Hide
        Hoss Man added a comment -

        updated patch

        in addition to adding more tests, i added logic so that when the underlying document is fetched to populate the lazy fields, only the specific fields needed will be loaded (so if a doc contains fields w, x, y, and z, and the client code fetches field w and requests that fields y and z be lazy loaded, then field x will never be read. and field w will not be fetched redundantly.

        would really appreciate feedback, i'd like to get this into th 4.2.1 bug fix release

        Show
        Hoss Man added a comment - updated patch in addition to adding more tests, i added logic so that when the underlying document is fetched to populate the lazy fields, only the specific fields needed will be loaded (so if a doc contains fields w, x, y, and z, and the client code fetches field w and requests that fields y and z be lazy loaded, then field x will never be read. and field w will not be fetched redundantly. would really appreciate feedback, i'd like to get this into th 4.2.1 bug fix release
        Hide
        Yonik Seeley added a comment -

        Still trying to wrap my head around how all this works... particularly with synchronization and why the old implementation, or the patch, are thread safe.

        I'm not sure we should be using weak references though. They could cause problems at the rate they could be generated.

        Show
        Yonik Seeley added a comment - Still trying to wrap my head around how all this works... particularly with synchronization and why the old implementation, or the patch, are thread safe. I'm not sure we should be using weak references though. They could cause problems at the rate they could be generated.
        Hide
        Hoss Man added a comment -

        Yonik Seeley: I can remove the weak references easy enough, but cna you elaborate on what concerns you have about the thread safety?

        can you give me an example of a sequence of (parallel) events that you think would be problematic so i can try to address it?

        Show
        Hoss Man added a comment - Yonik Seeley : I can remove the weak references easy enough, but cna you elaborate on what concerns you have about the thread safety? can you give me an example of a sequence of (parallel) events that you think would be problematic so i can try to address it?
        Hide
        Hoss Man added a comment -

        updated patch removing the weak refs and fixing a few doc typoes

        Show
        Hoss Man added a comment - updated patch removing the weak refs and fixing a few doc typoes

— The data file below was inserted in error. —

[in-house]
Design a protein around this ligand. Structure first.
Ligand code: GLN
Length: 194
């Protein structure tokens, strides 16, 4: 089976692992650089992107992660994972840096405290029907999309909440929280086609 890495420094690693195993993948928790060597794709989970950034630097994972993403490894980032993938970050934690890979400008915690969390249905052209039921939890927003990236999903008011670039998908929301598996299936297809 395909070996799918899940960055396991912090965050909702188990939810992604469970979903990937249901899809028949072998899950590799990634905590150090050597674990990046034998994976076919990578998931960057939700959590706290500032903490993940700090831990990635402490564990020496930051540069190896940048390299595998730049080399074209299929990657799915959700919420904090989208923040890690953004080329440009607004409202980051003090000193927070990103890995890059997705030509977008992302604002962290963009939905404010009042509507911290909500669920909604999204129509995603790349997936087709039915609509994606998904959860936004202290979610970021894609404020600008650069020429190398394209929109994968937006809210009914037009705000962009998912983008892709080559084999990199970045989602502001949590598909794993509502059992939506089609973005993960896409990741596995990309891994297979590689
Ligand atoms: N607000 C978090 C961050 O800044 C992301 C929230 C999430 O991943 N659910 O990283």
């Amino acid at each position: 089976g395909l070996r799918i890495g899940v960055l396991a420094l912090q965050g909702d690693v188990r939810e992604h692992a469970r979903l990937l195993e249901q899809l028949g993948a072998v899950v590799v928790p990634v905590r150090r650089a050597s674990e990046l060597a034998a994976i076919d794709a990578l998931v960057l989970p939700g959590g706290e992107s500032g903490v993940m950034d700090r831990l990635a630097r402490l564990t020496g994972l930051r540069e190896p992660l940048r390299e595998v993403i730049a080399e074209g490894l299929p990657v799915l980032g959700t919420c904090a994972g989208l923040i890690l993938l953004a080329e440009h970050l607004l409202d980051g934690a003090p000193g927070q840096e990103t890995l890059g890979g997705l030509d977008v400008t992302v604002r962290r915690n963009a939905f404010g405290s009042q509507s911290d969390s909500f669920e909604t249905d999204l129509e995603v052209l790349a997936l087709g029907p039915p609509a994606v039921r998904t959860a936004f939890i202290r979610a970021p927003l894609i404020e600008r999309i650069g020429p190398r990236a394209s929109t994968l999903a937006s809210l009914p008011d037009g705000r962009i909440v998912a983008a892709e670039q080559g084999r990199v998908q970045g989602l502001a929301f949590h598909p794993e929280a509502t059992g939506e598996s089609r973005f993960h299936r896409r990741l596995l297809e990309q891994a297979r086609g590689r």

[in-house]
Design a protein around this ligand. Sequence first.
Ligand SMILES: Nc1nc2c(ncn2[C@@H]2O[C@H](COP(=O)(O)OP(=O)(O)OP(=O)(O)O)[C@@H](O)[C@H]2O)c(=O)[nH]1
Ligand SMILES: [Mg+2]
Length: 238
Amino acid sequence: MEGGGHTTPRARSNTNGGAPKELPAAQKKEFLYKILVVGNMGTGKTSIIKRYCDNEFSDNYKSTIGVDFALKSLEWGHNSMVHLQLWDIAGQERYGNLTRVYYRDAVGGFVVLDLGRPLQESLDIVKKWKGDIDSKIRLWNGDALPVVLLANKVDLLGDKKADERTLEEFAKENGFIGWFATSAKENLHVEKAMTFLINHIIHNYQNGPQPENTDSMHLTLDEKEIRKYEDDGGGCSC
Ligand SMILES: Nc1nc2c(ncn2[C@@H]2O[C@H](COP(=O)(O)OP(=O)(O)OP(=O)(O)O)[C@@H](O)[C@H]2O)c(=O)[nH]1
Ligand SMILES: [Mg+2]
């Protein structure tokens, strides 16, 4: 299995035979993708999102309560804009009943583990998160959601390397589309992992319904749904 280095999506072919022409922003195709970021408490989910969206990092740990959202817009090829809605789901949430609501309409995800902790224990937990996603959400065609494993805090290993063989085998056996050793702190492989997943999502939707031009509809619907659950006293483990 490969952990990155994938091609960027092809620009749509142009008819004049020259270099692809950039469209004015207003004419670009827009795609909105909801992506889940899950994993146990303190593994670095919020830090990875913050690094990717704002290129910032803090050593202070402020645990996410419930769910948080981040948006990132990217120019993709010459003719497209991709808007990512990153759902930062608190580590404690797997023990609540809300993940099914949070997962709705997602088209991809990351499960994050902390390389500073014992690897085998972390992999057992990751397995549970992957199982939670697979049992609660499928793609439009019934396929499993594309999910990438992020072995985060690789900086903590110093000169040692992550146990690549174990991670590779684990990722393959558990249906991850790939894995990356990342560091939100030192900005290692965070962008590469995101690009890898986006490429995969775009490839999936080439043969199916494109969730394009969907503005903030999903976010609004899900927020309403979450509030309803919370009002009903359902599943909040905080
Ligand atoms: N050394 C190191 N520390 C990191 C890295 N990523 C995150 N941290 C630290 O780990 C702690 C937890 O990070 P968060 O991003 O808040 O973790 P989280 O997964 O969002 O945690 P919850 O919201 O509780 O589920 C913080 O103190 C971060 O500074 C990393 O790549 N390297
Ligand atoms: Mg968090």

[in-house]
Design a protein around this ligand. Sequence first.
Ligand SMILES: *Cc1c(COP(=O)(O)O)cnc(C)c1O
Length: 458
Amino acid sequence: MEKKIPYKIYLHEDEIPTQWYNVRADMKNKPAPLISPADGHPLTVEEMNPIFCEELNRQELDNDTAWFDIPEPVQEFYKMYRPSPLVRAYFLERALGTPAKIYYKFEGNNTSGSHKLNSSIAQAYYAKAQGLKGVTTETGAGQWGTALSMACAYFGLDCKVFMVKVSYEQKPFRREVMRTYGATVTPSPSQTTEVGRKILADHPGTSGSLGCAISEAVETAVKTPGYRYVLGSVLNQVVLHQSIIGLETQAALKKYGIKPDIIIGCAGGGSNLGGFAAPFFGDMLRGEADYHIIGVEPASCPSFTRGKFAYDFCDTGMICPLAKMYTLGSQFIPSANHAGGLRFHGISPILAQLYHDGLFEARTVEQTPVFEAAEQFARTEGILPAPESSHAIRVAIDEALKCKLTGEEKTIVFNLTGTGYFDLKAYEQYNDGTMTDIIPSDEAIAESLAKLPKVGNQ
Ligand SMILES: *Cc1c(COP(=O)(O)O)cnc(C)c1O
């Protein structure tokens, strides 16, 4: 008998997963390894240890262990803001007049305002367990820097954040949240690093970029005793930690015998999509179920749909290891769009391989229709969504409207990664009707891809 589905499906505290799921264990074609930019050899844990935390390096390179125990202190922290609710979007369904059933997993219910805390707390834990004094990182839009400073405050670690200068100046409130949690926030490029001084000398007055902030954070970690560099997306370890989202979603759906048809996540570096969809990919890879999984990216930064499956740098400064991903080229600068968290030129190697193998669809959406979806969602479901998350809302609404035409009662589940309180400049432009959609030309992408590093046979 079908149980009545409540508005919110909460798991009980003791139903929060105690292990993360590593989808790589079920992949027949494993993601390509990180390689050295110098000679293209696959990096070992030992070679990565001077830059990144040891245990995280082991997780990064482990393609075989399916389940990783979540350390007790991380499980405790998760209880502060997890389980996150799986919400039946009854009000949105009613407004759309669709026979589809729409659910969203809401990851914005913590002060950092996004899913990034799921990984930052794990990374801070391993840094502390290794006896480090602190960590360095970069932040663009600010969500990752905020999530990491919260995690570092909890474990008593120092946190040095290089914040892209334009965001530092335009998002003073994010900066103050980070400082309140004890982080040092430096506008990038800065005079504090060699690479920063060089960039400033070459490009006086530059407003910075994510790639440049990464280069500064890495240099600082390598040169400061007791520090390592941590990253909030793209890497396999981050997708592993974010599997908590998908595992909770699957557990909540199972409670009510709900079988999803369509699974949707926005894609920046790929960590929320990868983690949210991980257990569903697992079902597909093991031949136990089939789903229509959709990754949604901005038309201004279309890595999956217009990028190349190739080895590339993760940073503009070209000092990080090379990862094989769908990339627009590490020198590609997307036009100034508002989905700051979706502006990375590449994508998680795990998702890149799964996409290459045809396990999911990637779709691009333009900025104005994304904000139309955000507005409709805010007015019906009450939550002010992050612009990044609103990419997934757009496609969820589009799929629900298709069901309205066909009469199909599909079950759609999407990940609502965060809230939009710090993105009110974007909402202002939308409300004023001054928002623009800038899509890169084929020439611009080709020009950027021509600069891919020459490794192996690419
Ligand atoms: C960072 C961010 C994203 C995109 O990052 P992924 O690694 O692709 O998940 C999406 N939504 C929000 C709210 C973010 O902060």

Hide
        Yonik Seeley added a comment -

        I was initially worried about LazyDocument.getField, but I now realize that LazyDocument is not a "Document" (i.e. it is not what you will ever retrieve from the document cache). It's more of a LazyFieldSource

        I think there may still be an issue with LazyField.realValue though, in that it may return a partially constructed object (unless realValue is guaranteed to be effectively immutable). The easiest fix would be to make realValue volatile (and readers will thus cross a read memory barrier).

              // edge case: if someone asks this LazyDoc for more LazyFields
              // after other LazyFields from the same LazyDoc have been
              // actuallized, we need to force the doc to be re-fetched
              // so the new LazyFields are also populated.
              doc = null;
        

        Does this happen with Solr?

        Show
        Yonik Seeley added a comment - I was initially worried about LazyDocument.getField, but I now realize that LazyDocument is not a "Document" (i.e. it is not what you will ever retrieve from the document cache). It's more of a LazyFieldSource I think there may still be an issue with LazyField.realValue though, in that it may return a partially constructed object (unless realValue is guaranteed to be effectively immutable). The easiest fix would be to make realValue volatile (and readers will thus cross a read memory barrier). // edge case : if someone asks this LazyDoc for more LazyFields // after other LazyFields from the same LazyDoc have been // actuallized, we need to force the doc to be re-fetched // so the new LazyFields are also populated. doc = null ; Does this happen with Solr?
        Hide
        Hoss Man added a comment -

        The easiest fix would be to make realValue volatile (and readers will thus cross a read memory barrier).

        I don't fully understand what situation you are concerned about here, but making it volatile is easy .. running tests now.

        Does this happen with Solr?

        no, but the way the public API for LazyDocument is defined, it is possible (even though it wouldn't really make any sense given the way the API is really only usable from a StoredFieldVisitor) so i wanted to protect against it – i included test randomization to verify that the edge case works.

        Show
        Hoss Man added a comment - The easiest fix would be to make realValue volatile (and readers will thus cross a read memory barrier). I don't fully understand what situation you are concerned about here, but making it volatile is easy .. running tests now. Does this happen with Solr? no, but the way the public API for LazyDocument is defined, it is possible (even though it wouldn't really make any sense given the way the API is really only usable from a StoredFieldVisitor) so i wanted to protect against it – i included test randomization to verify that the edge case works.